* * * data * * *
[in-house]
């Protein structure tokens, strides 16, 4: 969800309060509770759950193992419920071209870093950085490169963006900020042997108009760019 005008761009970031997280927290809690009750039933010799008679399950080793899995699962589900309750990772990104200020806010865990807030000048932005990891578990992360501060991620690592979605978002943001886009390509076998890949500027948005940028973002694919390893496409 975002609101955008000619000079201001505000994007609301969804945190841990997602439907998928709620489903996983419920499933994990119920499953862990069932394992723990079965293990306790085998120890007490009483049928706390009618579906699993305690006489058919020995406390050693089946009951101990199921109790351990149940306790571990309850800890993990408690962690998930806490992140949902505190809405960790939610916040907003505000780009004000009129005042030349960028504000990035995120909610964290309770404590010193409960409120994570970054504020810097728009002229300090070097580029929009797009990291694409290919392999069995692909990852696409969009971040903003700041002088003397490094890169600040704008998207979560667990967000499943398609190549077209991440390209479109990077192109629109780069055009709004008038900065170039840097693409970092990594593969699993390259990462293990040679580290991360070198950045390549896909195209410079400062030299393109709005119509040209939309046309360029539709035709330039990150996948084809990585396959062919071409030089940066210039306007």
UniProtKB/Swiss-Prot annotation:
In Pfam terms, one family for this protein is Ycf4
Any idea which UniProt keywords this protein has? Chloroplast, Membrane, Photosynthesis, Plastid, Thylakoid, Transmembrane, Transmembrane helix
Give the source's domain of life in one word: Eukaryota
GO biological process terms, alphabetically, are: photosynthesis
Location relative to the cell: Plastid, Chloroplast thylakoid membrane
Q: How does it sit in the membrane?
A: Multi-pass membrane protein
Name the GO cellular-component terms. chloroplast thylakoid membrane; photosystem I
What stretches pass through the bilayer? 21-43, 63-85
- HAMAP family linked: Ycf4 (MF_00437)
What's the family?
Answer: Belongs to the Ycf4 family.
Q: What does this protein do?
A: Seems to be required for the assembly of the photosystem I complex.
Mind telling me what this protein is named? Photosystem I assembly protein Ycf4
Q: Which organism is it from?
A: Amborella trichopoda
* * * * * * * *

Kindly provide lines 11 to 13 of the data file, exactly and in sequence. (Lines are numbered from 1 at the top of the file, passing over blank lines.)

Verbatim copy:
Name the GO cellular-component terms. chloroplast thylakoid membrane; photosystem I
What stretches pass through the bilayer? 21-43, 63-85
- HAMAP family linked: Ycf4 (MF_00437)